The whole smartphone market would look differently today had Motorola and Huawei followed through on a deal that was agreed to by both parties back in 2003. A letter of intent signed by both companies late in 2003 called for the acquisition of Huawei by Motorola for $7.5 billion. This amazing story was published today in The Financial Times, and includes a photo of then Motorola Chief Operating Officer Mike Zafirovski, and the head of the firm's Chinese business, Larry Cheng, walking on a beach in China with Huawei founder Ren Zhengfei. Ren was just 49 when the photo was snapped.
Mate 20 Pro were still another 15 years away. The Motorola DROID was still six years away, although the company's huge selling RAZR flip phone was less than a year from launching. Even back then, Huawei was associated with quality as Motorola's Zafirovski discovered when he spoke with friends at Emerson Electric. The executive thought that with this deal, Motorola could turn 1+1 into 5.This deal had never been revealed before today, and at the time Motorola was only interested in Huawei for its networking equipment business. Products like the
After Zafirovsky was passed over for the CEO spot at Motorola, the deal was killed because of the U.S. company's unwillingness to pay what was seen as a high price for an unknown foreign firm. In addition, terms of the deal would have required Motorola to pay most of the cost of acquiring Huawei upfront. At the time, the Chinese government wasn't supporting Huawei. This didn't take place until the company became an international success story.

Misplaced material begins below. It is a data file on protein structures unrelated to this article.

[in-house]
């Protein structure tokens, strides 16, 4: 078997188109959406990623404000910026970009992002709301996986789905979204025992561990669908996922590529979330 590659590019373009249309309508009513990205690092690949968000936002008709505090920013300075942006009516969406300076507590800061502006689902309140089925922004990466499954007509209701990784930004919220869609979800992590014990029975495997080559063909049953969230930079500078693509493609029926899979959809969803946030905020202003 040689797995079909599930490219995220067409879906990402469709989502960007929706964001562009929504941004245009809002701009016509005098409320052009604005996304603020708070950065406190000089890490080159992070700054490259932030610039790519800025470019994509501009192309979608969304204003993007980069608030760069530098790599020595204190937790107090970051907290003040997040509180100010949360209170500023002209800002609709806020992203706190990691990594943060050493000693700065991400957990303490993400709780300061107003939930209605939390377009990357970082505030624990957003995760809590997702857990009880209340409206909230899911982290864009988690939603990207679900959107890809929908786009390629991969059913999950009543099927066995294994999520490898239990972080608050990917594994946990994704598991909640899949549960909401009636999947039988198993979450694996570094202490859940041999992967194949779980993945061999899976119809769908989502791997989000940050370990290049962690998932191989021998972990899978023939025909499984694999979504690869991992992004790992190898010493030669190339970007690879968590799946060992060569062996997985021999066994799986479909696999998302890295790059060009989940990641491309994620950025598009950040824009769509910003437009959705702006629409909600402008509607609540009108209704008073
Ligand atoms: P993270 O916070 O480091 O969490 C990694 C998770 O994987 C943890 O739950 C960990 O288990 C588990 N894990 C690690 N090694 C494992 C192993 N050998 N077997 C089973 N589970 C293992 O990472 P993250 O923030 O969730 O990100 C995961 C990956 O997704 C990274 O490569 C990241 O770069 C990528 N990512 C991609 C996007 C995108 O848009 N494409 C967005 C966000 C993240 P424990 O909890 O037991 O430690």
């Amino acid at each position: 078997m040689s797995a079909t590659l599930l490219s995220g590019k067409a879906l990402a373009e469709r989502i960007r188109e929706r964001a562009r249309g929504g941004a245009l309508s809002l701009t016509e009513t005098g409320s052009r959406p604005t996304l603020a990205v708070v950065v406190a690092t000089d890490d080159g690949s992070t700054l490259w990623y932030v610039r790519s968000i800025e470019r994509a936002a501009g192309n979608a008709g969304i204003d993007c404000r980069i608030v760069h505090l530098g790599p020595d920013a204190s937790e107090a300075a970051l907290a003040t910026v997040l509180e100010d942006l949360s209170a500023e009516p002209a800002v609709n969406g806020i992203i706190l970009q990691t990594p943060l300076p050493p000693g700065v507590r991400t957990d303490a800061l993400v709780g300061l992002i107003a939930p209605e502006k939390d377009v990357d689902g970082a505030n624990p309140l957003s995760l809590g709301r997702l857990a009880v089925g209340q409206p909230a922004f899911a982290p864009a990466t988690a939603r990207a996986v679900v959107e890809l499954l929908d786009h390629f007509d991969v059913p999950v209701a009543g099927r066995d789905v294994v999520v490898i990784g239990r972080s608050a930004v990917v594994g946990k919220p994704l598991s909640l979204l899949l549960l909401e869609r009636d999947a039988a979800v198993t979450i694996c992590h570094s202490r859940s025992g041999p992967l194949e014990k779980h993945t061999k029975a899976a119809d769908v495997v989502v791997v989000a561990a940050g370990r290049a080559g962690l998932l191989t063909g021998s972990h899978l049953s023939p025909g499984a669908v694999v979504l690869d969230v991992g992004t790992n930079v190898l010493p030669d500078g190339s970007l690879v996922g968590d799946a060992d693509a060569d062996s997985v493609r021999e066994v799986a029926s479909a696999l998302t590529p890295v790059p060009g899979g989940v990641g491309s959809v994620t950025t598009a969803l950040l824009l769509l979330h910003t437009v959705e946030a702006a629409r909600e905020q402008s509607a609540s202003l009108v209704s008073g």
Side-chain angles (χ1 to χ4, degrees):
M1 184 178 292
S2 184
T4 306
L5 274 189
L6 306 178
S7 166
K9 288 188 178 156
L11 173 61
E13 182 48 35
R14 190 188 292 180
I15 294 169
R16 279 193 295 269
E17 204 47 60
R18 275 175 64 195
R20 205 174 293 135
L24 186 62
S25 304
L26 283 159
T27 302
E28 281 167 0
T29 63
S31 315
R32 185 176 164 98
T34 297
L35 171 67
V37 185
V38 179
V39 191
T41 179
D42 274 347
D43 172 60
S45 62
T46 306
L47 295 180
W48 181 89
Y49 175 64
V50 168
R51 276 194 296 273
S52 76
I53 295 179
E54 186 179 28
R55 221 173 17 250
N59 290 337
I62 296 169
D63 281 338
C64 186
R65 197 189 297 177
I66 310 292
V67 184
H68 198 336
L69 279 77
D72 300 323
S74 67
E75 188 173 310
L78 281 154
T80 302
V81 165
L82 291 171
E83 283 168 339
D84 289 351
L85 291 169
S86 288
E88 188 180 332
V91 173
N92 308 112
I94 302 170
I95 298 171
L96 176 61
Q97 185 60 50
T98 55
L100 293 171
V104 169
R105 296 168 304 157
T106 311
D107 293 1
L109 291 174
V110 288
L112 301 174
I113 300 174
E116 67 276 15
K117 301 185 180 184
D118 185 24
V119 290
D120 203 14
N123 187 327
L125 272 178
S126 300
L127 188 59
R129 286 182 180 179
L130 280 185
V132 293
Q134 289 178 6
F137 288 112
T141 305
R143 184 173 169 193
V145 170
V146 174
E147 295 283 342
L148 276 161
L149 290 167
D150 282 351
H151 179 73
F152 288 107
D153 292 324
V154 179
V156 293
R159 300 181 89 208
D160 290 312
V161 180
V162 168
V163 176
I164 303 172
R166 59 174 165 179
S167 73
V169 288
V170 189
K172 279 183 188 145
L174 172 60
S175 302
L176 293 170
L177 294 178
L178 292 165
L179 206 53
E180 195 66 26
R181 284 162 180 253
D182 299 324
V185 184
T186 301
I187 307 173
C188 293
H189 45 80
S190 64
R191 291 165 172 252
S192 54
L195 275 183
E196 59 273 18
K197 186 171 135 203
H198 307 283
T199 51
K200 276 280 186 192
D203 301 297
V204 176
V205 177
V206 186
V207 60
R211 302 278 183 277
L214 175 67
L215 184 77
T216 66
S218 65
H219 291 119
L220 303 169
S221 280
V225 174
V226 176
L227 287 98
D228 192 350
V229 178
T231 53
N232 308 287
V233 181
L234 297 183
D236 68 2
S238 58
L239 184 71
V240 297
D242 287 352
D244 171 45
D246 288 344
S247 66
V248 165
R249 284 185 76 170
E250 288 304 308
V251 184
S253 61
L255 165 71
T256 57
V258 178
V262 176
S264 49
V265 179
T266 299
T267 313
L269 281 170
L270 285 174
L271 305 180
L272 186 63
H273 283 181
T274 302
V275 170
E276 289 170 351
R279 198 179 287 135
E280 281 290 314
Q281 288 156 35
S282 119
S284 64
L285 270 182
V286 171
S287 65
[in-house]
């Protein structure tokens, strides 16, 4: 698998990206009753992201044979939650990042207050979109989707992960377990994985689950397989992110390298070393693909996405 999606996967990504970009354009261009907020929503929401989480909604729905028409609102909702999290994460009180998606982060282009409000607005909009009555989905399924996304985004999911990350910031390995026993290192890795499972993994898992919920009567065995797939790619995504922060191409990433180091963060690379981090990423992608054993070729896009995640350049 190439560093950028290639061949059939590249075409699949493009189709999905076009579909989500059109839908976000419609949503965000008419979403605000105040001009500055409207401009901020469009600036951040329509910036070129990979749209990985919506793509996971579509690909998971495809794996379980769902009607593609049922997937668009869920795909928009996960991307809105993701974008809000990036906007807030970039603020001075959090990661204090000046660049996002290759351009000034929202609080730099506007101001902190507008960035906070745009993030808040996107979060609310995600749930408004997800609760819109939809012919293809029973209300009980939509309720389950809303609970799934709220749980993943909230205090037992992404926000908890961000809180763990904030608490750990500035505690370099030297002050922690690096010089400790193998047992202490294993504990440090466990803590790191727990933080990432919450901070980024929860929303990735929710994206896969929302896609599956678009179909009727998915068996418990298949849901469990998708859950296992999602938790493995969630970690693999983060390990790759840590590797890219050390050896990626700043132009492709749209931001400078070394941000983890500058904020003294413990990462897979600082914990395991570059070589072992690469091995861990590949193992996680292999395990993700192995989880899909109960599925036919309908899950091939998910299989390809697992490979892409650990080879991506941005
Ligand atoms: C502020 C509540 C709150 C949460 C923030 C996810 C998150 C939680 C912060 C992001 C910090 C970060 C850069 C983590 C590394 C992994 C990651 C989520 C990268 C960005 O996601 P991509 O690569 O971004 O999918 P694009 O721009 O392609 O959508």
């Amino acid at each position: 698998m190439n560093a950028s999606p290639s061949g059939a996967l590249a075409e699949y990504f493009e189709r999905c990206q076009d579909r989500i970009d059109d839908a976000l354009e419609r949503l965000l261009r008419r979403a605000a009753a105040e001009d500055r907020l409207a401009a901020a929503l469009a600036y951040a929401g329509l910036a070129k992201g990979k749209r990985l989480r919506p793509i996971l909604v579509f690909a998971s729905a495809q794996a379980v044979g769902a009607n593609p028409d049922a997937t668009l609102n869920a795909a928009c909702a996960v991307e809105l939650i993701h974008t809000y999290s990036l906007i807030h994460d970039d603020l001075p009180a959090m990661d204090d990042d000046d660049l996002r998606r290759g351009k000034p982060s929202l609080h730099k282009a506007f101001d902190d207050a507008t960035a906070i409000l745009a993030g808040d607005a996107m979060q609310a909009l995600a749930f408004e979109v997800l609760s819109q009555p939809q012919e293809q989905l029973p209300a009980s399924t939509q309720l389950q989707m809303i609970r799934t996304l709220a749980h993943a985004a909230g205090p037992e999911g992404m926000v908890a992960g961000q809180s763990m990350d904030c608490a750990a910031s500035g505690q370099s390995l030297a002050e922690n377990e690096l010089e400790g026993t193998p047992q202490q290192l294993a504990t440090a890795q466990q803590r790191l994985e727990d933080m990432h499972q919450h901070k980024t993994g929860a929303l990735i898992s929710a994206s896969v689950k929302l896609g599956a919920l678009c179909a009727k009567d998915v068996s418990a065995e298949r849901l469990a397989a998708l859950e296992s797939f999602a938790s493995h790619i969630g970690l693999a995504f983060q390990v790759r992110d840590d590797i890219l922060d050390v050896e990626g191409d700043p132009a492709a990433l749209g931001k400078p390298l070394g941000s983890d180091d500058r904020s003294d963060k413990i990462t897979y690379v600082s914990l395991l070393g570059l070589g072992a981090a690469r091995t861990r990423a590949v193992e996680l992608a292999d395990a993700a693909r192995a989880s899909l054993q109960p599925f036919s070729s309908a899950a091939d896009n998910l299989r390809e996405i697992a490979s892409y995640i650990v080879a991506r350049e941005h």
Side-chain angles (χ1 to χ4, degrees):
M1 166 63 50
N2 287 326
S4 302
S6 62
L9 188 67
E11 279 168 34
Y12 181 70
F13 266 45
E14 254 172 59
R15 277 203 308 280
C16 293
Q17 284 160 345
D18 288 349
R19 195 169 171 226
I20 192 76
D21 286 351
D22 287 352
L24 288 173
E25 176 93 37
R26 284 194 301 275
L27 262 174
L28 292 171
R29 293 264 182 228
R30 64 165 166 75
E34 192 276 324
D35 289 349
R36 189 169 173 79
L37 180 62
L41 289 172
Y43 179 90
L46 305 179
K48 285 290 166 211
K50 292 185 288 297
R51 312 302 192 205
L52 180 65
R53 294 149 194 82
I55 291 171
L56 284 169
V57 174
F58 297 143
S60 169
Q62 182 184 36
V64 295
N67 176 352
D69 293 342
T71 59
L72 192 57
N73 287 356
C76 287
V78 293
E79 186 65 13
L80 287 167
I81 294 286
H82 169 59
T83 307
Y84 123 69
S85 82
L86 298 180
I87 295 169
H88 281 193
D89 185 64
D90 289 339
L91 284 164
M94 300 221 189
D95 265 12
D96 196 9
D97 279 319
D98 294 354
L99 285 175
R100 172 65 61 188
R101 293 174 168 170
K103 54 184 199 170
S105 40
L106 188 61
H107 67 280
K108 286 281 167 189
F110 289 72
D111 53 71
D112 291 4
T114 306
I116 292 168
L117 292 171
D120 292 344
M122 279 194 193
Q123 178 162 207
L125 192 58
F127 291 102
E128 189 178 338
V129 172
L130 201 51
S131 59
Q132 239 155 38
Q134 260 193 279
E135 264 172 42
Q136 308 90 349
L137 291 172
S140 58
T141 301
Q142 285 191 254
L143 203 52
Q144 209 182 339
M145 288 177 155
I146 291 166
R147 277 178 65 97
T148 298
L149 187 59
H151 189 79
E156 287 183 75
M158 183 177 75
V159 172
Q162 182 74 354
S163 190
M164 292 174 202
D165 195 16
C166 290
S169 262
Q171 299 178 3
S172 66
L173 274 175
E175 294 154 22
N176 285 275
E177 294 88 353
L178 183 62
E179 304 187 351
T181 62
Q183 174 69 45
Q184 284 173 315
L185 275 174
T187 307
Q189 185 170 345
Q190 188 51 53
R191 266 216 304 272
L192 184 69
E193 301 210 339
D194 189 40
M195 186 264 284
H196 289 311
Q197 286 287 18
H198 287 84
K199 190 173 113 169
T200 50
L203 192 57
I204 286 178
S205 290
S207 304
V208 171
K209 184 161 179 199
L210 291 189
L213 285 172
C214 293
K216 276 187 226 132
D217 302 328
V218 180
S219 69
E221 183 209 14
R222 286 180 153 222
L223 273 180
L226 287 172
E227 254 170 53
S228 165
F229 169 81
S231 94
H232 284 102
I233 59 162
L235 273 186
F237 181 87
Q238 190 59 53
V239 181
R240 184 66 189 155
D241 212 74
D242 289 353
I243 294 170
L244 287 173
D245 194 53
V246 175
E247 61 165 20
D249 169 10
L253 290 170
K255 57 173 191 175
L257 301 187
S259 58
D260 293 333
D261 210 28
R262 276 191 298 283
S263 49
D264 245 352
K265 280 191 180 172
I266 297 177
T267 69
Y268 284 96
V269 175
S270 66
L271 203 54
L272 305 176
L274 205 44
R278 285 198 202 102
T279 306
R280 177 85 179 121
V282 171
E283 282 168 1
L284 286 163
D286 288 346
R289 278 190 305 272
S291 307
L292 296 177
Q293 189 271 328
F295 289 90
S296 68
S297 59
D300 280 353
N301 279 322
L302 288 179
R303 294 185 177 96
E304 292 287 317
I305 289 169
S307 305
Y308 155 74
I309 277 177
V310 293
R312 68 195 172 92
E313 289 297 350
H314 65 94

As we now know, Motorola ended up selling more than 130 million RAZRs, and kicked off Androidmania when it released the DROID in November 2009. The company was sold to Google for $12.5 billion in 2011, and then to Lenovo less than three years later. Huawei took in $108.5 billion in revenue last year, and besides being the second largest smartphone manufacturer globally, it is now the largest networking equipment supplier in the world.
We will never know what would have been had the deal been consummated, but one senior Motorola executive in Hong Kong said, "It isn’t clear whether Huawei could have saved Motorola or Motorola would ultimately have destroyed Huawei."